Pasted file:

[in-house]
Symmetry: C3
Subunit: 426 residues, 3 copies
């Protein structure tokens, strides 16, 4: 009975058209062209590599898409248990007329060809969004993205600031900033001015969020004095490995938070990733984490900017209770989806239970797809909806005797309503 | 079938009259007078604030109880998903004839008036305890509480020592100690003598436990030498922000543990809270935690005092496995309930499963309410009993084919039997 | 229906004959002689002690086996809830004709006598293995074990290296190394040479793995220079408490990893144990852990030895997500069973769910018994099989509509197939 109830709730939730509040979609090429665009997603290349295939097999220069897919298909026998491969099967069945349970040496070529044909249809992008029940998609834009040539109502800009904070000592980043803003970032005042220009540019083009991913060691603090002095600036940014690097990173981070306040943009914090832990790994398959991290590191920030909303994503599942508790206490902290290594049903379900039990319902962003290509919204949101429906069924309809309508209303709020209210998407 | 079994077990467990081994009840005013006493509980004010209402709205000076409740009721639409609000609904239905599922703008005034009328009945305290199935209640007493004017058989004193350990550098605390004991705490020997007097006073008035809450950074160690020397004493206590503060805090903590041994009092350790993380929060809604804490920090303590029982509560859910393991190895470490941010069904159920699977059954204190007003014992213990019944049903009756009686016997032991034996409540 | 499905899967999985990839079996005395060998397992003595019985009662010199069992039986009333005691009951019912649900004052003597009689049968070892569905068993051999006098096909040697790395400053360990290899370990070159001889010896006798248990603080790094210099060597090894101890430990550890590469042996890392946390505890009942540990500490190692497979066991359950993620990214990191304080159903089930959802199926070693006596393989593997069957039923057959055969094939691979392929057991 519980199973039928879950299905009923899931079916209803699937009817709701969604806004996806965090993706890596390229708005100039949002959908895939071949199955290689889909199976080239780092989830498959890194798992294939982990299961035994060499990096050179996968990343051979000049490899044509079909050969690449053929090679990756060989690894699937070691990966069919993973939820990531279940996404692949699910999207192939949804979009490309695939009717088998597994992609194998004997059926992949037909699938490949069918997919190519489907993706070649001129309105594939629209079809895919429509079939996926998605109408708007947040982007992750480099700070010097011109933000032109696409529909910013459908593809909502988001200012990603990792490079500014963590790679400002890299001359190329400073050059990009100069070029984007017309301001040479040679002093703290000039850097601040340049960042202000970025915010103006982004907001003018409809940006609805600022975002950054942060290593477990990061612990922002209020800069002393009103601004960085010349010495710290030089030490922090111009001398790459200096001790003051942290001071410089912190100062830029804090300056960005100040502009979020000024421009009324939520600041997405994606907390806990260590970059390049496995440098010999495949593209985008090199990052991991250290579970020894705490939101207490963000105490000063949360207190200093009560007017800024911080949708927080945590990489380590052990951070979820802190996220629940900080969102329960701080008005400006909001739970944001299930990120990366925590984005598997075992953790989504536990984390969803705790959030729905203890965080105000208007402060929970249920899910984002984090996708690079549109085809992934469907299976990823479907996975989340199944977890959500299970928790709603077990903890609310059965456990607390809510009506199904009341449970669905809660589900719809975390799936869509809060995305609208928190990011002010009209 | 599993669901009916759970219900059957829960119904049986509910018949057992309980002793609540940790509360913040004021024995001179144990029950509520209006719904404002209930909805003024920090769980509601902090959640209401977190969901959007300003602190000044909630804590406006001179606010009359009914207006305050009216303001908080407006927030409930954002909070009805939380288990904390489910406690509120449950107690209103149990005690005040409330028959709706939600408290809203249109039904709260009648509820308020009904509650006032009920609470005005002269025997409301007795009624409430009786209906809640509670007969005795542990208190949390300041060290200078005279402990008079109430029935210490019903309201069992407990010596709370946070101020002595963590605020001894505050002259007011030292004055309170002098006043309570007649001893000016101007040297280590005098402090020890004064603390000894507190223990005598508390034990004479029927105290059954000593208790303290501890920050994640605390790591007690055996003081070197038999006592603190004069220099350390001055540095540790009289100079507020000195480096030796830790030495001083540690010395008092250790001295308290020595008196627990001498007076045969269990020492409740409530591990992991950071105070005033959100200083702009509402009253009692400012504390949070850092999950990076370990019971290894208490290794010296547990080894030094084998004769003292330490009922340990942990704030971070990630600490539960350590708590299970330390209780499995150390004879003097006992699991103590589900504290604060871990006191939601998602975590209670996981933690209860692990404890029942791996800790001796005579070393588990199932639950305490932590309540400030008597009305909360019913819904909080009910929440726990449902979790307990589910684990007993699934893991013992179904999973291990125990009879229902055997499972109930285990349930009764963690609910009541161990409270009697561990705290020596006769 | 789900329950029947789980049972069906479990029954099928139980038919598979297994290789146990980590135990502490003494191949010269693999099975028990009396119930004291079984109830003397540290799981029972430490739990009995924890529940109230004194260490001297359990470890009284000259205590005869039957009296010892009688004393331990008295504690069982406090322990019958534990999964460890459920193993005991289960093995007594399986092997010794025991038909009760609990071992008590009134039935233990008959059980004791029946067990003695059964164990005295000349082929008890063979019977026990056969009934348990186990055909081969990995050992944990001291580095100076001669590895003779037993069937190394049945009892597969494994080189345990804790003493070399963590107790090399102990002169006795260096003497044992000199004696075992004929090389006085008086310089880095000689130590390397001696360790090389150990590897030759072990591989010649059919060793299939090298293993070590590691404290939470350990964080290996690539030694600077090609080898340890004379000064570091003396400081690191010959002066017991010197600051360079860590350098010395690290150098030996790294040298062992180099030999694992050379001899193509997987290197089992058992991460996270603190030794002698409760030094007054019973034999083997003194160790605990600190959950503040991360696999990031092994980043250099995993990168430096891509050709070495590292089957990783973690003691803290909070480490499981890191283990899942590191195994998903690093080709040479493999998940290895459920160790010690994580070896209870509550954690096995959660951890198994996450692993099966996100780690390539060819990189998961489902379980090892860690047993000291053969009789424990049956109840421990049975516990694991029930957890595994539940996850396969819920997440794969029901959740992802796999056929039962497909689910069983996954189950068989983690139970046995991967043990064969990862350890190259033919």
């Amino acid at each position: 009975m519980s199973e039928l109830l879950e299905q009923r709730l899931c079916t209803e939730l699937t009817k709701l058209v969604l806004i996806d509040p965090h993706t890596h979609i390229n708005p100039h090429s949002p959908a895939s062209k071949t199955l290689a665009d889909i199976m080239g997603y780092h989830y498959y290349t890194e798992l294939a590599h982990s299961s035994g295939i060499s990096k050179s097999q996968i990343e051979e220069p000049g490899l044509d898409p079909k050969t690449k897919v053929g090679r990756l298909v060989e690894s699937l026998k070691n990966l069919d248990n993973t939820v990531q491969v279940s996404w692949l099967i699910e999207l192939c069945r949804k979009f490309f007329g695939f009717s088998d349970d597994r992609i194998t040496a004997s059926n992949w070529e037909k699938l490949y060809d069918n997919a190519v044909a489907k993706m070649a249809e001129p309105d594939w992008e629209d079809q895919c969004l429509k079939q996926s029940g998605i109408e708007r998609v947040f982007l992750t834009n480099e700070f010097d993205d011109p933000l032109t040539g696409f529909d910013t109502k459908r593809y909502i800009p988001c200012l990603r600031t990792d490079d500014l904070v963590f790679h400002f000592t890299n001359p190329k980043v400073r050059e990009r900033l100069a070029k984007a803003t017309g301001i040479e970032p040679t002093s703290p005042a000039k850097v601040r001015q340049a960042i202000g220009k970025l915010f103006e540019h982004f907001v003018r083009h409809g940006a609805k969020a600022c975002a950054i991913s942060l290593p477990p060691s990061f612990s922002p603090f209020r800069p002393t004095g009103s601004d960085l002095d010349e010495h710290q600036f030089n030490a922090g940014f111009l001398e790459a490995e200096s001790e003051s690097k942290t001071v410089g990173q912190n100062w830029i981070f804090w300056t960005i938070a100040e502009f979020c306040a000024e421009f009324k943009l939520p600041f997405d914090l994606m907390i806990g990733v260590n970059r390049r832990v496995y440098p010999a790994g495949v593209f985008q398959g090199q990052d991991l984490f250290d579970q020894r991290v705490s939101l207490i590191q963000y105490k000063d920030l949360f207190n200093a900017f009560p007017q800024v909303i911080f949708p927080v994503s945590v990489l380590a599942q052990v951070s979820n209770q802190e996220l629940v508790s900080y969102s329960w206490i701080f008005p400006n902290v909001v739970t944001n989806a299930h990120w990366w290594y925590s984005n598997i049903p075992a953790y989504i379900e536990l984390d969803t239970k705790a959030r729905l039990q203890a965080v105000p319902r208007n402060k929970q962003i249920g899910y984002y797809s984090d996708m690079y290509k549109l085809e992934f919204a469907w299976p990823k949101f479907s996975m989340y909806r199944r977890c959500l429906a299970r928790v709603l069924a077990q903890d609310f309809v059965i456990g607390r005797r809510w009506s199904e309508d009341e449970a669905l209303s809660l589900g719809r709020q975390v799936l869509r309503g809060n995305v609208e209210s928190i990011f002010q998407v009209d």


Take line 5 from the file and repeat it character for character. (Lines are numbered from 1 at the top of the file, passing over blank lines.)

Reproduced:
């Amino acid at each position: 009975m519980s199973e039928l109830l879950e299905q009923r709730l899931c079916t209803e939730l699937t009817k709701l058209v969604l806004i996806d509040p965090h993706t890596h979609i390229n708005p100039h090429s949002p959908a895939s062209k071949t199955l290689a665009d889909i199976m080239g997603y780092h989830y498959y290349t890194e798992l294939a590599h982990s299961s035994g295939i060499s990096k050179s097999q996968i990343e051979e220069p000049g490899l044509d898409p079909k050969t690449k897919v053929g090679r990756l298909v060989e690894s699937l026998k070691n990966l069919d248990n993973t939820v990531q491969v279940s996404w692949l099967i699910e999207l192939c069945r949804k979009f490309f007329g695939f009717s088998d349970d597994r992609i194998t040496a004997s059926n992949w070529e037909k699938l490949y060809d069918n997919a190519v044909a489907k993706m070649a249809e001129p309105d594939w992008e629209d079809q895919c969004l429509k079939q996926s029940g998605i109408e708007r998609v947040f982007l992750t834009n480099e700070f010097d993205d011109p933000l032109t040539g696409f529909d910013t109502k459908r593809y909502i800009p988001c200012l990603r600031t990792d490079d500014l904070v963590f790679h400002f000592t890299n001359p190329k980043v400073r050059e990009r900033l100069a070029k984007a803003t017309g301001i040479e970032p040679t002093s703290p005042a000039k850097v601040r001015q340049a960042i202000g220009k970025l915010f103006e540019h982004f907001v003018r083009h409809g940006a609805k969020a600022c975002a950054i991913s942060l290593p477990p060691s990061f612990s922002p603090f209020r800069p002393t004095g009103s601004d960085l002095d010349e010495h710290q600036f030089n030490a922090g940014f111009l001398e790459a490995e200096s001790e003051s690097k942290t001071v410089g990173q912190n100062w830029i981070f804090w300056t960005i938070a100040e502009f979020c306040a000024e421009f009324k943009l939520p600041f997405d914090l994606m907390i806990g990733v260590n970059r390049r832990v496995y440098p010999a790994g495949v593209f985008q398959g090199q990052d991991l984490f250290d579970q020894r991290v705490s939101l207490i590191q963000y105490k000063d920030l949360f207190n200093a900017f009560p007017q800024v909303i911080f949708p927080v994503s945590v990489l380590a599942q052990v951070s979820n209770q802190e996220l629940v508790s900080y969102s329960w206490i701080f008005p400006n902290v909001v739970t944001n989806a299930h990120w990366w290594y925590s984005n598997i049903p075992a953790y989504i379900e536990l984390d969803t239970k705790a959030r729905l039990q203890a965080v105000p319902r208007n402060k929970q962003i249920g899910y984002y797809s984090d996708m690079y290509k549109l085809e992934f919204a469907w299976p990823k949101f479907s996975m989340y909806r199944r977890c959500l429906a299970r928790v709603l069924a077990q903890d609310f309809v059965i456990g607390r005797r809510w009506s199904e309508d009341e449970a669905l209303s809660l589900g719809r709020q975390v799936l869509r309503g809060n995305v609208e209210s928190i990011f002010q998407v009209d």